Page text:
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Objectives and key results (OKR) is a framework for defining and tracking objectives and their outcomes.

The development of OKRs is generally attributed to Andy Grove the "Father of OKRs", who introduced the approach to Intel during his tenure there and documented this in his 1983 book "High output management[1]". Grove explained his simple but effective concept thus: "The key result has to be measurable. But at the end you can look, and without any arguments: Did I do that or did I not do it? Yes? No? Simple. No judgments in it."[1]

OKRs comprise an objective - a clearly-defined goal - and one or more key results - specific measures used to track the achievement of that goal[2].

In 1975, John Doerr, at the time a sales person working for Intel, attended a course within Intel taught by Andy Grove where he was introduced to the theory of OKRs[3]. In 1999 Doerr, who by then was working for Kleiner Perkins Caufield & Byers - a venture capital firm, introduced the idea of OKRs to a start-up Kleiner Perkins Caufield & Byers had invested in called Google[4]. The idea took hold and OKRs quickly became central to Google's culture as a "management methodology that helps to ensure that the company focuses efforts on the same important issues throughout the organization."[3]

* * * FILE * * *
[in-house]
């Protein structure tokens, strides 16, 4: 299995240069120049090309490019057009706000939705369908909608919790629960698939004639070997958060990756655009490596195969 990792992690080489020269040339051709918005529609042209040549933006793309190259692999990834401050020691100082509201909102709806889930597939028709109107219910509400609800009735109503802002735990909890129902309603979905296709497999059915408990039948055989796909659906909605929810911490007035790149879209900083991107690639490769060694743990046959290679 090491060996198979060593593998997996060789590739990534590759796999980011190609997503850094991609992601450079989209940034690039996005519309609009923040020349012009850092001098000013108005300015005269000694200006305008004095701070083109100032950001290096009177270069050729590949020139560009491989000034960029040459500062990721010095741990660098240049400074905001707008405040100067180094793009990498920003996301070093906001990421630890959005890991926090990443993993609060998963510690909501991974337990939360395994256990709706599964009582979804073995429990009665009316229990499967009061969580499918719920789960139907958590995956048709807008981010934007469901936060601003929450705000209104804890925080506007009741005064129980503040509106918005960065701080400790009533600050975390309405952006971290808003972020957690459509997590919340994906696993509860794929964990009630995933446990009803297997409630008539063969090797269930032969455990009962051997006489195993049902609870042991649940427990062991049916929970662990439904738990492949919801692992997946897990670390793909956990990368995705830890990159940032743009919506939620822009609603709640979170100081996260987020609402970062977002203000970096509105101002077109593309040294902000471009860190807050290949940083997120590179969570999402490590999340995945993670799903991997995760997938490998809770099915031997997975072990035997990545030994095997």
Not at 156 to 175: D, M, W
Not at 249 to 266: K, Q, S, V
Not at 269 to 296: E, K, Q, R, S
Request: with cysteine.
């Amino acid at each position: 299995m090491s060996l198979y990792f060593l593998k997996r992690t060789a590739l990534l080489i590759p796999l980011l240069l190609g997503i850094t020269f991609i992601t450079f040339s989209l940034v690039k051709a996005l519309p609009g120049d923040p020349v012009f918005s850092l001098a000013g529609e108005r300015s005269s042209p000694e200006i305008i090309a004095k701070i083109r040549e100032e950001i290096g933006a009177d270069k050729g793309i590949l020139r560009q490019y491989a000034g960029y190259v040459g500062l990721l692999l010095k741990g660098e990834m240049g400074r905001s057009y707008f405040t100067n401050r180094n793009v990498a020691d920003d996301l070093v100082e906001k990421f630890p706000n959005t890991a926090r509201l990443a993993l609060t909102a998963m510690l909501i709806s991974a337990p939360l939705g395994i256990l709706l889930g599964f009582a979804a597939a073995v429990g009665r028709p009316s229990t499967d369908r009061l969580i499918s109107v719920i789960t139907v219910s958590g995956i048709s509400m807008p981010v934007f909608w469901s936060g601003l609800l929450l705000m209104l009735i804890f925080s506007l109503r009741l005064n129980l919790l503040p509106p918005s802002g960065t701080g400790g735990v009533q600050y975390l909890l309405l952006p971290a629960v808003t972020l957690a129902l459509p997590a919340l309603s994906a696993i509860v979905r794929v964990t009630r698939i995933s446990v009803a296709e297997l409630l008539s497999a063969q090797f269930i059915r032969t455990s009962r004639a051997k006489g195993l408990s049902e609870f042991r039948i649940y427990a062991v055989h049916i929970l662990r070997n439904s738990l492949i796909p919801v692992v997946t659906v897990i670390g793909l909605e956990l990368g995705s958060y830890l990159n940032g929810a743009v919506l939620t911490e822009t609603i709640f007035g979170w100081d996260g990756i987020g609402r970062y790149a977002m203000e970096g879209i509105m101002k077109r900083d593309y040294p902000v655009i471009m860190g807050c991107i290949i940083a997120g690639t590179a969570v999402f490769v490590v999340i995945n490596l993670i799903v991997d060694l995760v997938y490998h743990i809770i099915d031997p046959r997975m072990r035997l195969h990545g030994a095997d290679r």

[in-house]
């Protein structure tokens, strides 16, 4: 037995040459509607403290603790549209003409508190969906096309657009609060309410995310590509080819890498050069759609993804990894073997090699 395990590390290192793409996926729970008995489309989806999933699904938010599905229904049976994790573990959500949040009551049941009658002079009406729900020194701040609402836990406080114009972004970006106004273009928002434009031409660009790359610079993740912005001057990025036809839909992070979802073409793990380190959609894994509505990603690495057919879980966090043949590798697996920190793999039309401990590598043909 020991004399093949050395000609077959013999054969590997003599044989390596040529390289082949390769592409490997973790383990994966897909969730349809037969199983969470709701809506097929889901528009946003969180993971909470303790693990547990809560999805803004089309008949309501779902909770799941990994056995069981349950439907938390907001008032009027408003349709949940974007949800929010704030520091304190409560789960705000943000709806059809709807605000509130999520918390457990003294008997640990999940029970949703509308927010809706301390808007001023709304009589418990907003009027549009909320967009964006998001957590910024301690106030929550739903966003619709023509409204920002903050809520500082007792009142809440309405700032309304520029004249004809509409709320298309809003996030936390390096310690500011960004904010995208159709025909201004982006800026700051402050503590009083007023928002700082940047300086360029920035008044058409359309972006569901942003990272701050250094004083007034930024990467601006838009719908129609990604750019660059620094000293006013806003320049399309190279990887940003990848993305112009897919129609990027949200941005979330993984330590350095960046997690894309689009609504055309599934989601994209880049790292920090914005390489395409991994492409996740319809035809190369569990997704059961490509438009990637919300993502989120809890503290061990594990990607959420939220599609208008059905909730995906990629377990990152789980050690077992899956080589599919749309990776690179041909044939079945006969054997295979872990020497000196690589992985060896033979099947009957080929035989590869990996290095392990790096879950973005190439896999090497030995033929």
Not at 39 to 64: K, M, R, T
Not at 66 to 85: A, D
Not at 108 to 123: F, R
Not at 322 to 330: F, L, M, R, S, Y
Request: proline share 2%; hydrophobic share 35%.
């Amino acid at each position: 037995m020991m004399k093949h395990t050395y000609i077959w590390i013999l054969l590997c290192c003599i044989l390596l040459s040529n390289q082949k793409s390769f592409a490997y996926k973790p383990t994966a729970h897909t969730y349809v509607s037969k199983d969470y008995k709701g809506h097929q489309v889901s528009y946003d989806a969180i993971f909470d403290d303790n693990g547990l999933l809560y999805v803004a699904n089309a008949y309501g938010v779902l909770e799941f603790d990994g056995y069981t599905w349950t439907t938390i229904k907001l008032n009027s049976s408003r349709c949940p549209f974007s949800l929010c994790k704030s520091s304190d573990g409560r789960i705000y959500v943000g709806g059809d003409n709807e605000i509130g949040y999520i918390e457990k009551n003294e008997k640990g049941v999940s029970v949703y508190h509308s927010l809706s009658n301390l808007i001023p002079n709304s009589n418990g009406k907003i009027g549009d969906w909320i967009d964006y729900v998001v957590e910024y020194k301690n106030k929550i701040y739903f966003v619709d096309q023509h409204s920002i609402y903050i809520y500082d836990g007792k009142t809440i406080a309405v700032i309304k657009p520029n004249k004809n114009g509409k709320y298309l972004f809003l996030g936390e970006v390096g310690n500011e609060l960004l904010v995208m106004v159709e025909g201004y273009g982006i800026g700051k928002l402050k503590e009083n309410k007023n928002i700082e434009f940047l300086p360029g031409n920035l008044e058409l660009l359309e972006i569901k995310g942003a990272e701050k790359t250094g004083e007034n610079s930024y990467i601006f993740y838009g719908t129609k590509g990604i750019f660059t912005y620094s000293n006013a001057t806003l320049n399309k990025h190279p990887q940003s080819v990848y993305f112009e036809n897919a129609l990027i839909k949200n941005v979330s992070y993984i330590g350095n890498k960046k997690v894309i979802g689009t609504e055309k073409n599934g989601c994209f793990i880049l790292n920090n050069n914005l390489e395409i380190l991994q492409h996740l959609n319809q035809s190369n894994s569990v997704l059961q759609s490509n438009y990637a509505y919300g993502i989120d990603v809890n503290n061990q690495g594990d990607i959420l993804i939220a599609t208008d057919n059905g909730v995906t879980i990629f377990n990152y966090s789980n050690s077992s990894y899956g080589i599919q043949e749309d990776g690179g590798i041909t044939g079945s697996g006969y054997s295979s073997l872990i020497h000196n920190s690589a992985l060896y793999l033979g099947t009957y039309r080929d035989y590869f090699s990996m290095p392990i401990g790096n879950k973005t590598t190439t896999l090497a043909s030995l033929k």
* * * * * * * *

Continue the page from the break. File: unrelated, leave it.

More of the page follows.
Larry Page, the CEO of Alphabet and co-founder of Google, credited OKRs within the foreword to Doerr's book: "OKRs have helped lead us to 10x growth, many times over. They’ve helped make our crazily bold mission of 'organizing the world’s information' perhaps even achievable. They’ve kept me and the rest of the company on time and on track when it mattered the most."[3]

Since becoming popular at Google OKRs have found favour with several other similar tech start-up organisations[5] including LinkedIn[6], Twitter[7], and Uber[8].

OKRs are typically set at the company, team and personal levels and may be shared across the organization with the intention of providing teams with visibility of goals with the intention to align and focus effort[2].

OKRs overlap with other performance management frameworks - in terms of complexity sitting somewhere between KPI and the Balanced Scorecard[9].

See alsoEdit

ReferencesEdit

  1. ^ a b Grove, Andrew (1983). High output management. Random House. ISBN 0394532341.
  2. ^ a b Wodtke, Christina (2016). Introduction to OKRs. O’Reilly Media, Inc. ISBN 9781491960271.
  3. ^ a b c Doerr, John (2018). Measure What Matters: How Google, Bono, and the Gates Foundation Rock the World with OKRs. Penguin Publishing Group. p. 31. ISBN 9780525536239.
  4. ^ Levy, Steven (2011). In The Plex: How Google Thinks, Works, and Shapes Our Lives. Simon & Schuster. pp. 162–3. ISBN 978-1-4165-9658-5.
  5. ^ "OKR vendors". Enterprise Gamification.
  6. ^ "The Management Framework that Propelled LinkedIn to a $20 Billion Company". First Round Review. Retrieved 10 January 2014.
  7. ^ Wagner, Kurt. "Following Frat Party, Twitter's Jack Dorsey Vows to Make Diversity a Company Goal". recode. Vox Media, Inc. Retrieved 3 November 2015.
  8. ^ Fowler, Susan. "Reflecting On One Very, Very Strange Year At Uber". Susan Fowler Blog. Susan Fowler. Retrieved 2018-04-19.
  9. ^ Davies, Rob (2018-10-09). "OKR vs Balanced Scorecard – Paul Niven Explains the Difference". Perdoo GmbH. Retrieved 2018-12-03.